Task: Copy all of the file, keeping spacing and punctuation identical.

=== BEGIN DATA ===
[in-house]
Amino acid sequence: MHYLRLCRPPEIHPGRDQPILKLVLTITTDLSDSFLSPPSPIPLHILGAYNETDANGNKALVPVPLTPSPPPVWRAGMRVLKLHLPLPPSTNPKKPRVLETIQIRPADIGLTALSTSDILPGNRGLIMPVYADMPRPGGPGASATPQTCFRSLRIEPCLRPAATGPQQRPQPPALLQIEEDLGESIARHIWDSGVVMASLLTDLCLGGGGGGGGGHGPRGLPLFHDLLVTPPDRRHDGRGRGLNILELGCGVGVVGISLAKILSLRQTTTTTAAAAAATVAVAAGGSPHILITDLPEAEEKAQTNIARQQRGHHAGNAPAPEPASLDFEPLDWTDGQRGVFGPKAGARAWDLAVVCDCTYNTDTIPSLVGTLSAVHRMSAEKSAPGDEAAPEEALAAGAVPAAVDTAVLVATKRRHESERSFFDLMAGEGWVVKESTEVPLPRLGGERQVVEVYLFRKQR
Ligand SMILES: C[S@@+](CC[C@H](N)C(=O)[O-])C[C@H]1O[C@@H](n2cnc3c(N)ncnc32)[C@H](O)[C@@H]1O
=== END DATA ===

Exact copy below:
[in-house]
Amino acid sequence: MHYLRLCRPPEIHPGRDQPILKLVLTITTDLSDSFLSPPSPIPLHILGAYNETDANGNKALVPVPLTPSPPPVWRAGMRVLKLHLPLPPSTNPKKPRVLETIQIRPADIGLTALSTSDILPGNRGLIMPVYADMPRPGGPGASATPQTCFRSLRIEPCLRPAATGPQQRPQPPALLQIEEDLGESIARHIWDSGVVMASLLTDLCLGGGGGGGGGHGPRGLPLFHDLLVTPPDRRHDGRGRGLNILELGCGVGVVGISLAKILSLRQTTTTTAAAAAATVAVAAGGSPHILITDLPEAEEKAQTNIARQQRGHHAGNAPAPEPASLDFEPLDWTDGQRGVFGPKAGARAWDLAVVCDCTYNTDTIPSLVGTLSAVHRMSAEKSAPGDEAAPEEALAAGAVPAAVDTAVLVATKRRHESERSFFDLMAGEGWVVKESTEVPLPRLGGERQVVEVYLFRKQR
Ligand SMILES: C[S@@+](CC[C@H](N)C(=O)[O-])C[C@H]1O[C@@H](n2cnc3c(N)ncnc32)[C@H](O)[C@@H]1O